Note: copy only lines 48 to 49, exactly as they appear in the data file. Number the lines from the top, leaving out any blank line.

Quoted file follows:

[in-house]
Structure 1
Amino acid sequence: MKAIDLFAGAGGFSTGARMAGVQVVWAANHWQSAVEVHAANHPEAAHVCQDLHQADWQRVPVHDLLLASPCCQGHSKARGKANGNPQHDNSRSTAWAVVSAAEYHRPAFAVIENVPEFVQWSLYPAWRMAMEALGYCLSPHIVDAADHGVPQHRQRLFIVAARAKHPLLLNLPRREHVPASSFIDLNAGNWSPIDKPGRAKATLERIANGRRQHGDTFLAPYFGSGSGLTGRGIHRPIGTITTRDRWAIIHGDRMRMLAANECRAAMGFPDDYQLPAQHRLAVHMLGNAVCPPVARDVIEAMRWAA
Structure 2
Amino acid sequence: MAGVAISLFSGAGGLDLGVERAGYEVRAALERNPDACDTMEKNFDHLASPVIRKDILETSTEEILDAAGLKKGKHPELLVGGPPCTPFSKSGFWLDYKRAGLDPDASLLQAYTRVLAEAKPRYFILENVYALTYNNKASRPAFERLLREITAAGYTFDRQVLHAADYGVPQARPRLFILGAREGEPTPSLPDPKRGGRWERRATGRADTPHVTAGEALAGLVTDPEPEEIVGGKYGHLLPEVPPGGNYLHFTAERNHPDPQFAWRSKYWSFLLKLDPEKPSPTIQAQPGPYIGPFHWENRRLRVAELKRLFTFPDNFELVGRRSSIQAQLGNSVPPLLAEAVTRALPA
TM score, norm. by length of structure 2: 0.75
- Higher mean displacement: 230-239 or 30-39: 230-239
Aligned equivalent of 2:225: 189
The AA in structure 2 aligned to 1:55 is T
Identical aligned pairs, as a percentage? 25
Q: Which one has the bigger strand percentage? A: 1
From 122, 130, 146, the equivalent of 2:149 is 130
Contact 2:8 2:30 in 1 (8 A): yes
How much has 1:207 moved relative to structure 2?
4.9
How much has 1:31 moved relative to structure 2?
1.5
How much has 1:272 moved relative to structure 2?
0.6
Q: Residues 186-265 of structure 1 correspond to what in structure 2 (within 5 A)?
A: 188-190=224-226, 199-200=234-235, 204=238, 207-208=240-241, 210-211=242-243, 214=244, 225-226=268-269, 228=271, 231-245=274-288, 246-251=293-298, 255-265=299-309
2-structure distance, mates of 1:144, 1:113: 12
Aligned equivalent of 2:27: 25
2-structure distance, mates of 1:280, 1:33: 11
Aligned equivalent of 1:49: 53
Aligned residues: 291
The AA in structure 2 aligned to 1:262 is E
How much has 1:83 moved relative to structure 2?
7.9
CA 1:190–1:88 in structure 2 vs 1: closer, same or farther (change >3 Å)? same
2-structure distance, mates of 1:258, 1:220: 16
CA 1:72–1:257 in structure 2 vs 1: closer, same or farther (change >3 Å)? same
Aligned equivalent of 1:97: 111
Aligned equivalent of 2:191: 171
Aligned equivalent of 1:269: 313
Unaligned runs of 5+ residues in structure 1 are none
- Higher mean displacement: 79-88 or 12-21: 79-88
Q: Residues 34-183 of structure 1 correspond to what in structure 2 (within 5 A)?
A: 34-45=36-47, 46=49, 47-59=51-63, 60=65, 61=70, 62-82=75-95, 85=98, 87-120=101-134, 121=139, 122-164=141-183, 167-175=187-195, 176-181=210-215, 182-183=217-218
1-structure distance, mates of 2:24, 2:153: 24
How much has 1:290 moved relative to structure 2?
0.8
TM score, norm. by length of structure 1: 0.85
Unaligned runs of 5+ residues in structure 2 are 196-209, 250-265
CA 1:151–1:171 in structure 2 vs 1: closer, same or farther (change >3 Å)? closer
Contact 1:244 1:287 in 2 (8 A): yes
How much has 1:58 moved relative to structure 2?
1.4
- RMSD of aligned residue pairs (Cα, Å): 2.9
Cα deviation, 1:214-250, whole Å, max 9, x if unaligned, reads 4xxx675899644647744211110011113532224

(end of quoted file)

1.4
- RMSD of aligned residue pairs (Cα, Å): 2.9